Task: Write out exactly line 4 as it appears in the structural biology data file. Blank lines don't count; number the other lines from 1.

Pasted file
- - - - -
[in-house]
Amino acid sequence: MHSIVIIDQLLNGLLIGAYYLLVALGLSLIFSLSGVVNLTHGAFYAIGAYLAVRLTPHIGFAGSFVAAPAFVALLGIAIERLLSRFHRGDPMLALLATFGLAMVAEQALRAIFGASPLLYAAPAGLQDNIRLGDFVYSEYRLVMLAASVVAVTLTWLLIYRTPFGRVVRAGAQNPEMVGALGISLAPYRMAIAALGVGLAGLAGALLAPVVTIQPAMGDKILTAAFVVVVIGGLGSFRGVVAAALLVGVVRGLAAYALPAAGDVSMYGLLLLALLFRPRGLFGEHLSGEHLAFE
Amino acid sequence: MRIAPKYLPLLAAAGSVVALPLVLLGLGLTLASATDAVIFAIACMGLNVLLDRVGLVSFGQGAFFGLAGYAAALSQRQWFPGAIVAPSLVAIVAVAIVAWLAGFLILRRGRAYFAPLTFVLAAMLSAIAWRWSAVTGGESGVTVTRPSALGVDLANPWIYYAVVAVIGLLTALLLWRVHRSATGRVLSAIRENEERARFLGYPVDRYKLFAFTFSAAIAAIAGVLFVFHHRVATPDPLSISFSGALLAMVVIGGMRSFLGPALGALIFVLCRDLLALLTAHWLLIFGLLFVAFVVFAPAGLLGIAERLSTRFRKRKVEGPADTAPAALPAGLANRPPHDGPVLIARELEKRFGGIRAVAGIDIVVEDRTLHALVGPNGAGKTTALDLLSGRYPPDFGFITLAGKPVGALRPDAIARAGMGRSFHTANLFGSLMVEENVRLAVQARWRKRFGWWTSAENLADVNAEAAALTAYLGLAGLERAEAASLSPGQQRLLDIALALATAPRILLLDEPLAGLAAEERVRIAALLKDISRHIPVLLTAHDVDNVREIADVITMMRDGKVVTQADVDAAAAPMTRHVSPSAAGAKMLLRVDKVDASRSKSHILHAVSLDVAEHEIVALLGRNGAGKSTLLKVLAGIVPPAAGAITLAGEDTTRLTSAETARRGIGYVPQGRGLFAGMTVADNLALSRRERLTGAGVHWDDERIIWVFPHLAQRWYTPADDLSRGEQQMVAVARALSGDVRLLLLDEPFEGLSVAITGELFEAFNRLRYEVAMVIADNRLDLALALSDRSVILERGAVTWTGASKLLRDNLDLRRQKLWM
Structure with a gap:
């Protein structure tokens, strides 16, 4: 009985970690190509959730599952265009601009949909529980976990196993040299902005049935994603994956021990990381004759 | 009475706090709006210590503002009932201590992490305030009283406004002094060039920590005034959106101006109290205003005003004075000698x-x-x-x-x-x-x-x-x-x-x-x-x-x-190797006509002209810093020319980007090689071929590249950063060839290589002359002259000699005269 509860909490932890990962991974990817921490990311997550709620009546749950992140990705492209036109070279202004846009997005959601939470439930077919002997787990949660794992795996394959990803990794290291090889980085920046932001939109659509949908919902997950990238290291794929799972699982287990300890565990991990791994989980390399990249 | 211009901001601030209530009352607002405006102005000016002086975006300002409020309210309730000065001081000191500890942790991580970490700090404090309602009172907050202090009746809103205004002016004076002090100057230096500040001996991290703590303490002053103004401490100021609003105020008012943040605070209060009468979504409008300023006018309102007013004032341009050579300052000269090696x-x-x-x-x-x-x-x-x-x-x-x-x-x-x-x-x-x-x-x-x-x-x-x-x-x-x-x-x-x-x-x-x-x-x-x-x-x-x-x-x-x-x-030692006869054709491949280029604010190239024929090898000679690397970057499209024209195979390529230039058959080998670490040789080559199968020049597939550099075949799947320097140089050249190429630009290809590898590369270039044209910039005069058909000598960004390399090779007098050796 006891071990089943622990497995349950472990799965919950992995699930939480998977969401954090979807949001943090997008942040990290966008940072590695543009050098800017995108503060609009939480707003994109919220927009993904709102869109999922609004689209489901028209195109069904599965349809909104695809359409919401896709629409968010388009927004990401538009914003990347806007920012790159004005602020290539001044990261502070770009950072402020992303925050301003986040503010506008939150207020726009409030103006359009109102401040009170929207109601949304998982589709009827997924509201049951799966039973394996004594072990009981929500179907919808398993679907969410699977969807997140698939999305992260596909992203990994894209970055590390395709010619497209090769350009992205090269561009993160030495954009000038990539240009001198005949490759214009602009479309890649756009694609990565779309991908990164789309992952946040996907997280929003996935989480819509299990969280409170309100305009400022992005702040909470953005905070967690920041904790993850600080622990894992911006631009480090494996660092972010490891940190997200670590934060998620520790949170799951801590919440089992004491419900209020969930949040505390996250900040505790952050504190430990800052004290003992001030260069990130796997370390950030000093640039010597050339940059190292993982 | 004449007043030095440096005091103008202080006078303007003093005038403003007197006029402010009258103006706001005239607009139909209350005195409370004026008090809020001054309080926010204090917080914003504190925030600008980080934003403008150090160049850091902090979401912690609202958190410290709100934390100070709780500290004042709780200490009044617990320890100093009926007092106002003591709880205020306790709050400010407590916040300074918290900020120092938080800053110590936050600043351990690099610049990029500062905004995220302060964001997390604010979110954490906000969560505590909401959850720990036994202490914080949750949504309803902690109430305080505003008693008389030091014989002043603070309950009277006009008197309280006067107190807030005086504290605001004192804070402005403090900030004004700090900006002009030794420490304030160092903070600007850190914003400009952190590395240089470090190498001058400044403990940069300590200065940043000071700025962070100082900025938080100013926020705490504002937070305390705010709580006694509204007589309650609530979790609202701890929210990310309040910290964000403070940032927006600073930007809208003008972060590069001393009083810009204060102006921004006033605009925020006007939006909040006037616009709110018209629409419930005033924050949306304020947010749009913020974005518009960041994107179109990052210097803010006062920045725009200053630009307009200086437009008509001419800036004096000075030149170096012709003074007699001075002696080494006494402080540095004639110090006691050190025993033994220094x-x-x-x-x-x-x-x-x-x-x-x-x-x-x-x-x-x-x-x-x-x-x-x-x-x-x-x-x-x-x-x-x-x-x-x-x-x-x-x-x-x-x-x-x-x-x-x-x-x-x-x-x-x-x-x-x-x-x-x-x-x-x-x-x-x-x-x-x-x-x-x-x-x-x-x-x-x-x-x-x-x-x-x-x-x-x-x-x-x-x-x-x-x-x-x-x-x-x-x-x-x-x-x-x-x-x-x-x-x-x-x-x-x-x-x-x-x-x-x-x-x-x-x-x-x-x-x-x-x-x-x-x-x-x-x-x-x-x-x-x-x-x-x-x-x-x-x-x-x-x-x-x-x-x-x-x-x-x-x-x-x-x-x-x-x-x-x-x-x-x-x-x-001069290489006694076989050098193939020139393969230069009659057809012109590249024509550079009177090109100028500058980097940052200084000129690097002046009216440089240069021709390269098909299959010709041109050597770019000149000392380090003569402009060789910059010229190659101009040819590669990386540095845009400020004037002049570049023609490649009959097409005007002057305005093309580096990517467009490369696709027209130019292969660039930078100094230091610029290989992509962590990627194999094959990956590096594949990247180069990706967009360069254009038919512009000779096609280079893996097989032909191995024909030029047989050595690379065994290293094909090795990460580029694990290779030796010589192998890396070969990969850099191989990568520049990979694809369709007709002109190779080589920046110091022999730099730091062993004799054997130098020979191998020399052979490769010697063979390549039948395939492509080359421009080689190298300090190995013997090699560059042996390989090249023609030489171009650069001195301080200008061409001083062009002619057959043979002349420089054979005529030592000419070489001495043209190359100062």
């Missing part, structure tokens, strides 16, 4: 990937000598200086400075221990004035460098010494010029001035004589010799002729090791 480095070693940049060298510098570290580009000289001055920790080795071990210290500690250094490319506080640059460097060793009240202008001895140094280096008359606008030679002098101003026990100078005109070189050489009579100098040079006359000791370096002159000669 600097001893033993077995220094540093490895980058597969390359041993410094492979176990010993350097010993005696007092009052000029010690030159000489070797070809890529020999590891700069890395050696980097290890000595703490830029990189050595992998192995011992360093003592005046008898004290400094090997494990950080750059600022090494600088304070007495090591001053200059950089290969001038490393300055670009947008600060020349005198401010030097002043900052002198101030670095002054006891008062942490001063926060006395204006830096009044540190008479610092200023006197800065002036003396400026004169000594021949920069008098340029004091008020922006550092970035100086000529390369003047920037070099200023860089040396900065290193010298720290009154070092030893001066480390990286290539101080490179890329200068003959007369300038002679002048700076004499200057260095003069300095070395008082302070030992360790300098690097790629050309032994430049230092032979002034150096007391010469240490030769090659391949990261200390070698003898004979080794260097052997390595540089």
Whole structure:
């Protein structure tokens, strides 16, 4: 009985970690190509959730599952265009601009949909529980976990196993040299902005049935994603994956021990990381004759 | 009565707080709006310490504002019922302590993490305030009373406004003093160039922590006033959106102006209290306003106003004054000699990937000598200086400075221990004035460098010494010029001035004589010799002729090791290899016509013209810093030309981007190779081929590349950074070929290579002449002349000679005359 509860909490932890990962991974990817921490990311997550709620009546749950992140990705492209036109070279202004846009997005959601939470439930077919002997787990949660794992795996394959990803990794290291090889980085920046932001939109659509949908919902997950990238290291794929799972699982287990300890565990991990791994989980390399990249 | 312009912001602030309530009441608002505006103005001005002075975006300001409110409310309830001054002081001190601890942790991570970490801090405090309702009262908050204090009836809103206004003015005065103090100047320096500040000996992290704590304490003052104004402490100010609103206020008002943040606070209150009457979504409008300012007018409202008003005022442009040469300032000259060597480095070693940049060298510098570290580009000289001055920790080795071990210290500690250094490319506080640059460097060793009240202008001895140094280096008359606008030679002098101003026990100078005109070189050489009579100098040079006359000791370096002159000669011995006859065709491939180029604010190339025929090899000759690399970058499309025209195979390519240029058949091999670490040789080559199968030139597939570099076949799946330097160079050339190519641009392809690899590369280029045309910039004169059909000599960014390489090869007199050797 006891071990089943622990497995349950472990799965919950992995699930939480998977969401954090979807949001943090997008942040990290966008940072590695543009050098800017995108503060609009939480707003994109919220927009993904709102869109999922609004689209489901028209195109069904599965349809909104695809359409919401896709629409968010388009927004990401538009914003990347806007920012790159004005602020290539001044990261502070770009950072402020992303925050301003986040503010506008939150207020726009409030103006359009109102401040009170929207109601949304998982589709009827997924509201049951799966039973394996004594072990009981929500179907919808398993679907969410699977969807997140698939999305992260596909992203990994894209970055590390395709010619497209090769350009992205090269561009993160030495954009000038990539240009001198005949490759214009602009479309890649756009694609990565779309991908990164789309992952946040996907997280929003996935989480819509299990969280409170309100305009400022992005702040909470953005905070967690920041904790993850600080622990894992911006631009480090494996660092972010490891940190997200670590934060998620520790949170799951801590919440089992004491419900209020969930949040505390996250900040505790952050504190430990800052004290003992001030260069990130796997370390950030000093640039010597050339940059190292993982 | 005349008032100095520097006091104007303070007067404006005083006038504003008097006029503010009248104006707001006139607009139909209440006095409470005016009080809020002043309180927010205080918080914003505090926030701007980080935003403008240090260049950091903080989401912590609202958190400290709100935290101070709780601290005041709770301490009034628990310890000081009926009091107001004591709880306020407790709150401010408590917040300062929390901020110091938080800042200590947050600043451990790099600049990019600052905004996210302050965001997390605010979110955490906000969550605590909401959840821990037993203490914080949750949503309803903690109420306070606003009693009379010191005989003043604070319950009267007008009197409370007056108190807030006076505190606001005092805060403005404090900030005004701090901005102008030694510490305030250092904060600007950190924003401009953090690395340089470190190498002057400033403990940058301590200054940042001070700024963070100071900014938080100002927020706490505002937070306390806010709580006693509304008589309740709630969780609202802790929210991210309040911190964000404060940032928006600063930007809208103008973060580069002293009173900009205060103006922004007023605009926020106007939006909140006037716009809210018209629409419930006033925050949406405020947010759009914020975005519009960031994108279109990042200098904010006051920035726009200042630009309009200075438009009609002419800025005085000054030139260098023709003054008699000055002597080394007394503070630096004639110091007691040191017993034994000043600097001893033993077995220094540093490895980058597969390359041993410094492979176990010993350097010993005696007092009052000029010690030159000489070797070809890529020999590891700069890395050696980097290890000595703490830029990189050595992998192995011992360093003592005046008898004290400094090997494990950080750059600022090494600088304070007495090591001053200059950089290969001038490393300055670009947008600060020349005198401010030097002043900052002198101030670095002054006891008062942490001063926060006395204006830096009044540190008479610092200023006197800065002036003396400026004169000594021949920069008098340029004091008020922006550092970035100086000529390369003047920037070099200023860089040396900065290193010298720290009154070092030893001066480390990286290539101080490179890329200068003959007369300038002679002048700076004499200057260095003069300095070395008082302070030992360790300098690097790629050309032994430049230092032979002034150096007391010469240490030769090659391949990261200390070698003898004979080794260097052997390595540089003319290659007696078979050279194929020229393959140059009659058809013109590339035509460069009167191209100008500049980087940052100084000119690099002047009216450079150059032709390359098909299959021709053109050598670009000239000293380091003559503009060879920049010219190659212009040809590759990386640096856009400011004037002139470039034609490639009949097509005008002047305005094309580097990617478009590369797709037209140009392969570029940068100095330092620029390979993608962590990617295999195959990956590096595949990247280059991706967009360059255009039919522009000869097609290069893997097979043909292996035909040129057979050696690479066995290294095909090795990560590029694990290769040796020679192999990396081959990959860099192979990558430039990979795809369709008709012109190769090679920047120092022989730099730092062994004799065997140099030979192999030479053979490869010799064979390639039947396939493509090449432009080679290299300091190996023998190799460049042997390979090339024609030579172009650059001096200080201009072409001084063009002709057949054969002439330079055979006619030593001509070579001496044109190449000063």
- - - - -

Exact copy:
Structure with a gap: